Since 2009, California’s 112 Community Colleges have lost $769 million in state funding, which has translated into severe reductions in classes, student services, and hiring freezes. To add insult to injury, student fees have more than doubled from $600 a year to $1,380 a year. After years of using students, workers, and teachers as their personal ATM, students at several community colleges in Los Angeles are fighting back against these austerity measures, demanding that their college presidents and Trustees cut their own perks and support legislation like the Millionaires’ Tax.
Currently the California governor, Jerry Brown, is pushing a budget proposal that moderately increases income taxes for people who make over $250,000 and increases sales tax throughout the state; these budget changes would make a marginal impact on refunding public education and would force working and middle income families to pay more in sales taxes to fund education. These moderate reforms are proposed amidst the continued concentration of wealth among the top 1% of income earners and both corporate tax loopholes and massive government bailouts enjoyed by the big banks and corporations that caused the 2008 financial crisis.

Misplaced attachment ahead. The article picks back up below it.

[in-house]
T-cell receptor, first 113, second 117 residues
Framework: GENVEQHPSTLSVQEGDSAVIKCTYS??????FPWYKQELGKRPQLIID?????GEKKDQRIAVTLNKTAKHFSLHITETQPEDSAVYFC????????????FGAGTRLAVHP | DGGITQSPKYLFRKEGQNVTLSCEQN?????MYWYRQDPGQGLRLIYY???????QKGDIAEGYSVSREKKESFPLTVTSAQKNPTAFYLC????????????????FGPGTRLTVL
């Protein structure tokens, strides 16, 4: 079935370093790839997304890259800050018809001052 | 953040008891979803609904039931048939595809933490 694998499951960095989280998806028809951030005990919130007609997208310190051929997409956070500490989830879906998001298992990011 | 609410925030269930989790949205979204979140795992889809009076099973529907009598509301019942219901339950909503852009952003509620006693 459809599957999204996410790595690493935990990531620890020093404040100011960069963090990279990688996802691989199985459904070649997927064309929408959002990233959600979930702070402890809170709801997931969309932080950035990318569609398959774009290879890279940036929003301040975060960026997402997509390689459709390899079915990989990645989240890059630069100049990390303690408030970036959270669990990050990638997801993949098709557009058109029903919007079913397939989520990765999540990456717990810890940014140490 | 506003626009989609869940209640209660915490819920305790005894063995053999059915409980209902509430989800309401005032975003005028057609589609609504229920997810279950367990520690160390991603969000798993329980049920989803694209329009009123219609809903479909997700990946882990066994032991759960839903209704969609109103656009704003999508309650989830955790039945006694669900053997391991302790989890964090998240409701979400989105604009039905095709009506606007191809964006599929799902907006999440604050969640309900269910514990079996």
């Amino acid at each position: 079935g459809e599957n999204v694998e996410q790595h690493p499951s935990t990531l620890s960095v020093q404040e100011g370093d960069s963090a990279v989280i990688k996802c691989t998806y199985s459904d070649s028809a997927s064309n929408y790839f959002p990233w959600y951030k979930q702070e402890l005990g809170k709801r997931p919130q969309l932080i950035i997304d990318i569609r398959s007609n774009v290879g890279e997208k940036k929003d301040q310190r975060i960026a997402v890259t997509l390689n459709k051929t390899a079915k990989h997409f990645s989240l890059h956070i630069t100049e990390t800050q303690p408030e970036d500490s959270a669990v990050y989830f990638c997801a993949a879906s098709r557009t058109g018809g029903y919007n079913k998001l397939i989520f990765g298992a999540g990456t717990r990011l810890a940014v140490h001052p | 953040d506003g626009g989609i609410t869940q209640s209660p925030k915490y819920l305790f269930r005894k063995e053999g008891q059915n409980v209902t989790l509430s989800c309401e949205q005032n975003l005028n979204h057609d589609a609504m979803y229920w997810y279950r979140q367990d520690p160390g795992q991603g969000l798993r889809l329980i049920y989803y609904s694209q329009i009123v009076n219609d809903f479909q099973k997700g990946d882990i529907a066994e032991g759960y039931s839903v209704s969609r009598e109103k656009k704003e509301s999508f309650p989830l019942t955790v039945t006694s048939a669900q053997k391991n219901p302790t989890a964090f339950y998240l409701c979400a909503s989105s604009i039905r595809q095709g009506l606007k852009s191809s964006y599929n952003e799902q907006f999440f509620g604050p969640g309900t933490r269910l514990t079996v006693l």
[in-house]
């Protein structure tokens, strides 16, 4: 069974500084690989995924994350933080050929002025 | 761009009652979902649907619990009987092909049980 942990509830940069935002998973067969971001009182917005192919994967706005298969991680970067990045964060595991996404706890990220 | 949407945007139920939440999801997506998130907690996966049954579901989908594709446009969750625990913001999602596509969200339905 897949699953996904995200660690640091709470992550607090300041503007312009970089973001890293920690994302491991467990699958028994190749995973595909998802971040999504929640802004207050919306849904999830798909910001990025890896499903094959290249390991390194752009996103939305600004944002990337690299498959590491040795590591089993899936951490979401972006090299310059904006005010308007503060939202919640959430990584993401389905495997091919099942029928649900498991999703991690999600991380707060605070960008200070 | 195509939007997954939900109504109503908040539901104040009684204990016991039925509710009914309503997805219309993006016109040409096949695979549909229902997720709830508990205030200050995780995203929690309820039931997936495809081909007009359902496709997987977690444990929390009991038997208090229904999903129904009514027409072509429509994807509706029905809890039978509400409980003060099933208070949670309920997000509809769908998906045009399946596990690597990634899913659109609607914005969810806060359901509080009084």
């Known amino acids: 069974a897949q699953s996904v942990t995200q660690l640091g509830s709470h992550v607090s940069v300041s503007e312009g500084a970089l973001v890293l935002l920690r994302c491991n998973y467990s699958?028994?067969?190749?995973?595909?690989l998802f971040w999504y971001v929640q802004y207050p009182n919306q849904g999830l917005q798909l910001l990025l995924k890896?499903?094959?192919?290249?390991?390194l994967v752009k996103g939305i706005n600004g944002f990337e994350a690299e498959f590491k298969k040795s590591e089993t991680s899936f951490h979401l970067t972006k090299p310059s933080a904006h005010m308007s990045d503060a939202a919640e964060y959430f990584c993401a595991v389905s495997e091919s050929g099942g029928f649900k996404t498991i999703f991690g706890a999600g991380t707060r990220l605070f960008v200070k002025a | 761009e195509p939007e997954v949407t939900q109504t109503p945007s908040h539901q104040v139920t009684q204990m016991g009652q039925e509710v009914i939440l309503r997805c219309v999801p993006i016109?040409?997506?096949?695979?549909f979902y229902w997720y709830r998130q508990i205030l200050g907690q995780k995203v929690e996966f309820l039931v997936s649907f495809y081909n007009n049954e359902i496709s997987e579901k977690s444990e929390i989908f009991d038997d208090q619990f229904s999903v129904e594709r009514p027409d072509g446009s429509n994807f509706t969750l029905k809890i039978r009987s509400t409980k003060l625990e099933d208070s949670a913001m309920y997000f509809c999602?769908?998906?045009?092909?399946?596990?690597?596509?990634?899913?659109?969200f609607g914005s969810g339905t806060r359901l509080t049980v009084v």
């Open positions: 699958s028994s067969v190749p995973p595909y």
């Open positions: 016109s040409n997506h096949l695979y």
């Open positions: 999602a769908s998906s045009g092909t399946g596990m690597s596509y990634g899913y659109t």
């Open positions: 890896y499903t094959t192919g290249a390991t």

Though the thousands of people who traveled to Sacramento had many reasons why they made the journey to the Capitol, one thing is clear: the need for students, teachers, and workers to unite against the state’s harsh austerity measures and the influence corporate executives and Wall Street moguls wield in the UC Regents and CSU Trustees is more urgent than ever before. There will be more meetings, and therefore more opportunities for all of us to directly challenge the corporate agenda these college presidents, Trustees, Regents, and state legislators seem hell bent on pursuing. The fight is on for the future of California, as well as the future of the many people who live in it. What that future will look like depends on us; we can sit down and accept the changes they want, or we can stand up and FIGHT BACK!